Medical marijuana patient seeks clarification on using the drug inside Revel

TAGs: Atlantic City, Casino News, marijuana, New Jersey, revel

revel-casinoAn Atlantic City man has hired a legal representative to seek clarification on Revel Casino & Hotel’s failure to accommodate his need to bring medicinal marijuana inside the casino. According to the Press of Atlantic City, 23-year-old Donald Price is a registered medical marijuana patient who uses the drug to treat his seizures and irritable bowel disease.

But during a recent trip to Revel, Price was told by a security guard that he couldn’t use marijuana inside the casino. The snub prompted Price to hire lawyer Michelle Douglass to seek clarification on the casino’s stance on medical pot.

No lawsuits have been filed yet, but Price is considering taking that road if Revel continues its stance of forbidding him to enter the casino with the substances. On behalf of her client, Douglass contends that a private business like Revel is required by law to “provide people with disabilities an accommodation.”

The issue has already gone through numerous channels, including the New Jersey Division of Gaming Enforcement and Atlantic City’s Health and Human Services Department. But with no clear decision coming from either agency, Douglass is looking at taking the issue to the New Jersey Superior Court. Legal documents have already been filed seeking clarification on how state laws are interpreted, specifically on places where medical pot can be used.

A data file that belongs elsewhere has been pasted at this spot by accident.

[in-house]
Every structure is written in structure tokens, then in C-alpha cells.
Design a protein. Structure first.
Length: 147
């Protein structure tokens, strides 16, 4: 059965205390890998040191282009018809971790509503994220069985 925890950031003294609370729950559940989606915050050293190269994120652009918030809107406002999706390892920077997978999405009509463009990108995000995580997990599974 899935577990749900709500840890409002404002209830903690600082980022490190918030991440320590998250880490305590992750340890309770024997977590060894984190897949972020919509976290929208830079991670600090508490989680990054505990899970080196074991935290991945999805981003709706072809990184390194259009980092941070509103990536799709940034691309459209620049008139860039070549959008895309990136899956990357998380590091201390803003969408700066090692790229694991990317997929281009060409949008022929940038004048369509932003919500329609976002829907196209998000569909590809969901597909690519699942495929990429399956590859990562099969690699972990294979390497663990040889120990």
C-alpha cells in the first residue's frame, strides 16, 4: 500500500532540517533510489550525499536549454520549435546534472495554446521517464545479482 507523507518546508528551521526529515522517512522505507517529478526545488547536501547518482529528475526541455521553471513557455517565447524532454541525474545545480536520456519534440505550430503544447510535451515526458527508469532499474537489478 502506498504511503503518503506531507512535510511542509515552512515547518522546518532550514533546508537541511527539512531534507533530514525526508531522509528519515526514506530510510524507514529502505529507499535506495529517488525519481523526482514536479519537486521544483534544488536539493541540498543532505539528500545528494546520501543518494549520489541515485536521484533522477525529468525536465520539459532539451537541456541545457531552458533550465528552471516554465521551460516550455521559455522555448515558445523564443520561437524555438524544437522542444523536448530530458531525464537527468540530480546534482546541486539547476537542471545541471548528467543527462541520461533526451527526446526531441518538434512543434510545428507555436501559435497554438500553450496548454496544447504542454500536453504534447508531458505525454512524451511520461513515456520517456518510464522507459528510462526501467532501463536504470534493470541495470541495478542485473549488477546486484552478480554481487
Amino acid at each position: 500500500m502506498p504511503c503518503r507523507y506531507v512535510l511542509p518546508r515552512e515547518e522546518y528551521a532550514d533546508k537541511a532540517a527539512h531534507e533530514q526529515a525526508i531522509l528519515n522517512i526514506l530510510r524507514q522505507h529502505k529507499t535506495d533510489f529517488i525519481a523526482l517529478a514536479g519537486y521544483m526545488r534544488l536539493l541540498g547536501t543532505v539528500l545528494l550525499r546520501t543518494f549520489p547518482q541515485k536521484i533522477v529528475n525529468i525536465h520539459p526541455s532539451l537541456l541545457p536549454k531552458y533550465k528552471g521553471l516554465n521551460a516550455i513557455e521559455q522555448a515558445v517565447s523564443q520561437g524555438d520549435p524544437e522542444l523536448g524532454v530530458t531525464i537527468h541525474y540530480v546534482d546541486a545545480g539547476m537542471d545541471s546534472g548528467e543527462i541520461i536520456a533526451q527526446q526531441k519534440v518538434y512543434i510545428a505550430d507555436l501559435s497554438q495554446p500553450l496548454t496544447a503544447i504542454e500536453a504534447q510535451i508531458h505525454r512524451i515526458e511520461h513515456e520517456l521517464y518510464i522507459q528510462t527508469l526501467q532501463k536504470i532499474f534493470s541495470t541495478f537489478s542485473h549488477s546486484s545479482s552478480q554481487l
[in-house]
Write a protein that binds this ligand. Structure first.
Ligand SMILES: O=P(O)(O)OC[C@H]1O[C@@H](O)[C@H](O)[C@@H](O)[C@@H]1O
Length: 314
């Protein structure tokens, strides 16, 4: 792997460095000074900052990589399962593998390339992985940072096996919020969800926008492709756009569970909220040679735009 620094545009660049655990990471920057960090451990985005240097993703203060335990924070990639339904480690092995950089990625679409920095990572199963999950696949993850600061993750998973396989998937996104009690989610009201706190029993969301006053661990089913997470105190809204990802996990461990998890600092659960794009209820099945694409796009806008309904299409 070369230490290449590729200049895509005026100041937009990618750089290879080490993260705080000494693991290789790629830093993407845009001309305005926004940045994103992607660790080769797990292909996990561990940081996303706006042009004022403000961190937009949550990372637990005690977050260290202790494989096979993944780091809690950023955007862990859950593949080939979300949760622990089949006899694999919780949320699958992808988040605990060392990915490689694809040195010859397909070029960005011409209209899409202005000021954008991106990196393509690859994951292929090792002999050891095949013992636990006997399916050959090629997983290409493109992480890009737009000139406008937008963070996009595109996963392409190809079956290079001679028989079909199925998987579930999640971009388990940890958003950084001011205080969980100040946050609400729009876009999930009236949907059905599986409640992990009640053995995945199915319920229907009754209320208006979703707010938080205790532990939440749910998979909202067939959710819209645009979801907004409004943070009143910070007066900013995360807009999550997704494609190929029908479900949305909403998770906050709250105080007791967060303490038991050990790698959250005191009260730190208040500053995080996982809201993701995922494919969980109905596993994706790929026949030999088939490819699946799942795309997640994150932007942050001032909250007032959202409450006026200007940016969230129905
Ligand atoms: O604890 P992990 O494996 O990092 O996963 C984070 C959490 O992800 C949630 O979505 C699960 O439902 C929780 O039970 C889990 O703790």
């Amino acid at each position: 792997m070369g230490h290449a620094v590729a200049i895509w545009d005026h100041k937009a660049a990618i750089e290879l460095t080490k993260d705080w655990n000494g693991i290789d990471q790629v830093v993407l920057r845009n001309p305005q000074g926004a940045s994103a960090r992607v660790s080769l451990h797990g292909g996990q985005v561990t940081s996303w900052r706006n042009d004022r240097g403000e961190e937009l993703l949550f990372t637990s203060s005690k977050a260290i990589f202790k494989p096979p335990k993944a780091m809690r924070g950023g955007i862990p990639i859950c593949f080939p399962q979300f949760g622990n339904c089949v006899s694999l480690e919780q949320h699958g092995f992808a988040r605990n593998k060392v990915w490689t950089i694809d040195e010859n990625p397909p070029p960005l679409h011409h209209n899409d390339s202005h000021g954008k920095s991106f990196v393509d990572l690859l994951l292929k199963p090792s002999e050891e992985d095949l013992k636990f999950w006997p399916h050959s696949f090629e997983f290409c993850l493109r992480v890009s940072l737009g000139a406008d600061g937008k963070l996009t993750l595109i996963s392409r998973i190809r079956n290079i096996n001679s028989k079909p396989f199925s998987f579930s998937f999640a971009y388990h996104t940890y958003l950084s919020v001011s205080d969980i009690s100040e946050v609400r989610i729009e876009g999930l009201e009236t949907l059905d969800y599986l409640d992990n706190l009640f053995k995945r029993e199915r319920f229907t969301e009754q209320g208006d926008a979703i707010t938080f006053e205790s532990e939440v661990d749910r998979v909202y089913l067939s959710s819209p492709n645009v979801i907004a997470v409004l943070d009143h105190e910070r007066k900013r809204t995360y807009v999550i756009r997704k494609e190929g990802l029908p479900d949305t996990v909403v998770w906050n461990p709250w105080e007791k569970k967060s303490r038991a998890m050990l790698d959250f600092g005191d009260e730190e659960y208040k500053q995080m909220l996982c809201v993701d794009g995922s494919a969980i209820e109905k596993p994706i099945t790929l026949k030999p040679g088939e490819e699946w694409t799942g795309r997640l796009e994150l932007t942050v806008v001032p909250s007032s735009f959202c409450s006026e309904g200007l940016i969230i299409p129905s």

According to guidelines issued by the state on the use of legally prescribed marijuana, patients are encouraged to use the substance only at home but are allowed to bring the drug with them at times deemed absolutely necessary. No explicit prohibition forbids patients from using marijuana inside a private business that, like Revel, allows smoking in designated areas.

According to state Department of Health spokeswoman Dawn Thomas, private businesses have the authority to impose policies that address the use of medical marijuana inside their establishments. Division of Gaming Enforcement spokeswoman Kerry Langan echoed those sentiments, confirming that the division has already talked to the casinos to create their own policies in an attempt to “avoid confusion as well as customer inconvenience and dissatisfaction.”

Still, Price and Douglass are keen on hearing what the Superior Court has to say on the issue.


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